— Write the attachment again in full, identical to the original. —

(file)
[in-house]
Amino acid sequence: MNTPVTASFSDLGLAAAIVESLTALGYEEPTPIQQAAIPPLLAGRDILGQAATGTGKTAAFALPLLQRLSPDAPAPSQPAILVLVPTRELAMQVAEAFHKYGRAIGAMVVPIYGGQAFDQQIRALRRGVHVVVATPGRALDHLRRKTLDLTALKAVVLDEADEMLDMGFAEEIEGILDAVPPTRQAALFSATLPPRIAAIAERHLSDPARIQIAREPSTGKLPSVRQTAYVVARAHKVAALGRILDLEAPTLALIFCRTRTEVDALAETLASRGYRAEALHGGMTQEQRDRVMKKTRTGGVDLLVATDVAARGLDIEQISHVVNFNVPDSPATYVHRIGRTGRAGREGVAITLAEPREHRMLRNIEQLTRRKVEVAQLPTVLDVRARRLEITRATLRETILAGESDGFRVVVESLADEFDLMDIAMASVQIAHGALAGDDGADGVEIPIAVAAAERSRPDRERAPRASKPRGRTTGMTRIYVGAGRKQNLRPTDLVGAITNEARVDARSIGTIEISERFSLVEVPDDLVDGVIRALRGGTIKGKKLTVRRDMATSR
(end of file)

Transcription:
[in-house]
Amino acid sequence: MNTPVTASFSDLGLAAAIVESLTALGYEEPTPIQQAAIPPLLAGRDILGQAATGTGKTAAFALPLLQRLSPDAPAPSQPAILVLVPTRELAMQVAEAFHKYGRAIGAMVVPIYGGQAFDQQIRALRRGVHVVVATPGRALDHLRRKTLDLTALKAVVLDEADEMLDMGFAEEIEGILDAVPPTRQAALFSATLPPRIAAIAERHLSDPARIQIAREPSTGKLPSVRQTAYVVARAHKVAALGRILDLEAPTLALIFCRTRTEVDALAETLASRGYRAEALHGGMTQEQRDRVMKKTRTGGVDLLVATDVAARGLDIEQISHVVNFNVPDSPATYVHRIGRTGRAGREGVAITLAEPREHRMLRNIEQLTRRKVEVAQLPTVLDVRARRLEITRATLRETILAGESDGFRVVVESLADEFDLMDIAMASVQIAHGALAGDDGADGVEIPIAVAAAERSRPDRERAPRASKPRGRTTGMTRIYVGAGRKQNLRPTDLVGAITNEARVDARSIGTIEISERFSLVEVPDDLVDGVIRALRGGTIKGKKLTVRRDMATSR